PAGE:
Richard Wiggins, a senior information technologist at the Michigan State University Computer Center, added:

"Nothing in the world of computing is ever 100 percent secure. Security experts would say, 'How much risk are you willing to undergo and how much are you willing to spend to see that people only vote once
and that votes are correctly tabulated?'

"But we can't be 100 percent assured that whatever system we use cannot possibly be tampered with."

Michigan's chief election official, Secretary of State Terri Land, said she's not interested in statewide Internet voting any time soon.

"There are so many different ways bad things could happen," Land said.

Mark Grebner, an East Lansing-based voter list consultant, countered that potential for tampering is minimized partly because voters must identify themselves.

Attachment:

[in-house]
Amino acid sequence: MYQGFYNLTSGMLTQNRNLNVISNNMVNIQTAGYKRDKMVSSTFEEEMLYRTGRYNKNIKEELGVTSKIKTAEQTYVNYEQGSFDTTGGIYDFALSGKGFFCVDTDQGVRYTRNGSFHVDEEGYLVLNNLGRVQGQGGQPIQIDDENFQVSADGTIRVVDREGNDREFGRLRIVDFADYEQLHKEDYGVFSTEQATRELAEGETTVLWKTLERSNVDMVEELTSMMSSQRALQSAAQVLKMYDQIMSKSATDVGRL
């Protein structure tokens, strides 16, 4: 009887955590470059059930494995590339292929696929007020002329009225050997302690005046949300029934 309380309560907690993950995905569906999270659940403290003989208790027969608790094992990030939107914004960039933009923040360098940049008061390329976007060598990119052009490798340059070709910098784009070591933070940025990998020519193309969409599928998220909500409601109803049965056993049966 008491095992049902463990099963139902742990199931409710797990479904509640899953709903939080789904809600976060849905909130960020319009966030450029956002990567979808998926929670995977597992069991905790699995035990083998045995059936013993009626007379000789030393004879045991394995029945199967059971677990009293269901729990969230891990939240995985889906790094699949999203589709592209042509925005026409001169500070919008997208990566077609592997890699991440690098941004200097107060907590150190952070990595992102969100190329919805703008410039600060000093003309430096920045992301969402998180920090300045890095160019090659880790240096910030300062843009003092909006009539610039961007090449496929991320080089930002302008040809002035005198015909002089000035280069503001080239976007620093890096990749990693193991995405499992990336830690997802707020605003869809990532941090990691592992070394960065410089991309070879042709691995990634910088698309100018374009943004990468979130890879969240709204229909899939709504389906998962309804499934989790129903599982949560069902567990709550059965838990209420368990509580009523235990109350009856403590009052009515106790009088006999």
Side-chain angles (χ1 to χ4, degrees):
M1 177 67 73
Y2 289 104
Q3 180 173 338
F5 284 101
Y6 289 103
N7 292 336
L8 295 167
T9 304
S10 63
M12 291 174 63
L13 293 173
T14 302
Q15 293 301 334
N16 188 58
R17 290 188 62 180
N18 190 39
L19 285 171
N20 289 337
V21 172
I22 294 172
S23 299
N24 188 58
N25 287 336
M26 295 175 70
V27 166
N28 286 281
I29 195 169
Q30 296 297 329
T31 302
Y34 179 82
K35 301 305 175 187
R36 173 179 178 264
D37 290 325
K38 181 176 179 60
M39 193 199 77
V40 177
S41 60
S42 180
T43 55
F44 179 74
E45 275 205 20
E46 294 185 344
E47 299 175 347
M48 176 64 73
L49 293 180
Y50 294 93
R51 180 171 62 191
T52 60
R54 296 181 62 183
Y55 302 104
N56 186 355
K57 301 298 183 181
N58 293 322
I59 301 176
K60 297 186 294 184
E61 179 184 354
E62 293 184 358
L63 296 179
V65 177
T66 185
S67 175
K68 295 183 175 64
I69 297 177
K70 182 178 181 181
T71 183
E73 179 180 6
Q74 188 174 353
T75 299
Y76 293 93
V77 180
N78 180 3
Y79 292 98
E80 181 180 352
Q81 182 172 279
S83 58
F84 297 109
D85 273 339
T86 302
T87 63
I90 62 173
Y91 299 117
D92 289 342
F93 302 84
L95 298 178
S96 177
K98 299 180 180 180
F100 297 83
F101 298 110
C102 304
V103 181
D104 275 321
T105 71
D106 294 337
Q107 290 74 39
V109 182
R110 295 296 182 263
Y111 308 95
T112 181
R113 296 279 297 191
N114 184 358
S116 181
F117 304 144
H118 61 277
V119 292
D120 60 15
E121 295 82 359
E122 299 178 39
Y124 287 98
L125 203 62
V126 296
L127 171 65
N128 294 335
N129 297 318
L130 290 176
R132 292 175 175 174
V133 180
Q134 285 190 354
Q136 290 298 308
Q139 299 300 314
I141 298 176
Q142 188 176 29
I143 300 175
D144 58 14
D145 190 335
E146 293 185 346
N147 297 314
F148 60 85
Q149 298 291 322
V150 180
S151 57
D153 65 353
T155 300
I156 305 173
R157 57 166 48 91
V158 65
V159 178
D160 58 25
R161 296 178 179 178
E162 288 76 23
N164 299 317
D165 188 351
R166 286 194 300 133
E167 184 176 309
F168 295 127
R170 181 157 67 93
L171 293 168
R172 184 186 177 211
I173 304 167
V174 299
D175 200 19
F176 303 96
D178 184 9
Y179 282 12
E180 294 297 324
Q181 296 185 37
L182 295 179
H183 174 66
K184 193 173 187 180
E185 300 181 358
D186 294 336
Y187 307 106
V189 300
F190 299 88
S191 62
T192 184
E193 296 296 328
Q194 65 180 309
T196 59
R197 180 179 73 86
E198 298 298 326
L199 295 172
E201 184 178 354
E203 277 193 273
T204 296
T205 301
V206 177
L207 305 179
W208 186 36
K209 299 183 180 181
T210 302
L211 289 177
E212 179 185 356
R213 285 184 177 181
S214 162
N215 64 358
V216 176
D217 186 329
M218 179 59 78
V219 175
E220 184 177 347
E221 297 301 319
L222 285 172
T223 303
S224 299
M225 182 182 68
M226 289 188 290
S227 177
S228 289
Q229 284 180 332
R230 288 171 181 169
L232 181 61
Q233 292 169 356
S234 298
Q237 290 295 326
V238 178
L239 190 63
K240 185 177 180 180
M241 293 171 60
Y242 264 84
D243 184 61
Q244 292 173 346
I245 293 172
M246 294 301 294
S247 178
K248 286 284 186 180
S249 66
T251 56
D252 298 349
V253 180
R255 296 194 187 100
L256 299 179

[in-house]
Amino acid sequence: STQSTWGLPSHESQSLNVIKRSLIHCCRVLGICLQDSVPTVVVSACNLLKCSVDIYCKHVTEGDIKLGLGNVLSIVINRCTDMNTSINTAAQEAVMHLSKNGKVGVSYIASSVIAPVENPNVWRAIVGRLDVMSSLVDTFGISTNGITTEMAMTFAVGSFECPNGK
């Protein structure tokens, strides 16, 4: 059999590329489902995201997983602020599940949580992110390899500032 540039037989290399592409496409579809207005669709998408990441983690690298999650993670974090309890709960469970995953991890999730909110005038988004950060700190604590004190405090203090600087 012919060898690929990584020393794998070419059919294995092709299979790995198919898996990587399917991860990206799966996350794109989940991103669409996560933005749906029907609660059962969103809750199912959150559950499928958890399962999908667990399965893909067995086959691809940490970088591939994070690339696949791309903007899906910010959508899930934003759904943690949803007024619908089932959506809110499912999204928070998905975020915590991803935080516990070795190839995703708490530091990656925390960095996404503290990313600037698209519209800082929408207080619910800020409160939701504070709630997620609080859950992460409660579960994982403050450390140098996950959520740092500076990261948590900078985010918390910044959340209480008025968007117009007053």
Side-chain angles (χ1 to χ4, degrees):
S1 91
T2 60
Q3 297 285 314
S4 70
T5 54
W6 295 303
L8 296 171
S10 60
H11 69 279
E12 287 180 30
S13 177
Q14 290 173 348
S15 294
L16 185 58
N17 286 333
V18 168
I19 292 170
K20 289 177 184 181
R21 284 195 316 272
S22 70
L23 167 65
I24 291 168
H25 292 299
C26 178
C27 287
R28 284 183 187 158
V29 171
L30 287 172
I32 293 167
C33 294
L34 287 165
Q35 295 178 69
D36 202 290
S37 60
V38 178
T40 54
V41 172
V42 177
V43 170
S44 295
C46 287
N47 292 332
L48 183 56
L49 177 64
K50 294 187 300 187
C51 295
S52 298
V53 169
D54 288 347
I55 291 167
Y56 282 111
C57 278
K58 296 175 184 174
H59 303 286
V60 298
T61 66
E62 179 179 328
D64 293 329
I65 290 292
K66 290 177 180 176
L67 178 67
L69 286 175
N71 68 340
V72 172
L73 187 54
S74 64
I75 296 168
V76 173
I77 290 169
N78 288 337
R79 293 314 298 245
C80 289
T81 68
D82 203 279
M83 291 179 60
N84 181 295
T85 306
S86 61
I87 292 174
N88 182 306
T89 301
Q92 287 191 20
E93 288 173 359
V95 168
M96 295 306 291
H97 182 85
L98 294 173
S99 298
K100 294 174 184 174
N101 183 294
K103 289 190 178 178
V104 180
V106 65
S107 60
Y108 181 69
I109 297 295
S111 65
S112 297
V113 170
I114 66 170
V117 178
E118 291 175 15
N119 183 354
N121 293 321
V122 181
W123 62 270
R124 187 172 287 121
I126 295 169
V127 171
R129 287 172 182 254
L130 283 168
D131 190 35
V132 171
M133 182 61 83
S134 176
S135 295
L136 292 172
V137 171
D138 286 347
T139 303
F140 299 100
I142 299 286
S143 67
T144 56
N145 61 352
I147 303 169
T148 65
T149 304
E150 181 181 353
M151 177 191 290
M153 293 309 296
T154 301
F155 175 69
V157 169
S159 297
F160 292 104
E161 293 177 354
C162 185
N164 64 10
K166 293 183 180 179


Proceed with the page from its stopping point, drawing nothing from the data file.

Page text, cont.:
He added that most voters are likely to use mail-in ballots, diminishing the digital divide issue.

Thursday, November 20, 2003

What happened to the IT Skills Shortage?

Today's news included an estimate that half a million IT jobs vanished last year. This put me in mind of a conversation with some friends a few years ago, when companies large and small were hiring programmers from overseas because they couldn't find enough skilled workers.

I remember arguing with one friend that post-Y2K and post-improved productivity, the skills shortage would vanish. Here's what I said to her in an e-mail:

Date: Tue, 11 Apr 2000 15:25:09 EDT
From: Rich Wiggins
Subject: ITAA says IT worker shortfall now at 850,000
In-Reply-To: Your message of Tue, 11 Apr 2000 12:23:30 -0400

>yes, but when the "webification" occurs, there will be some other new IT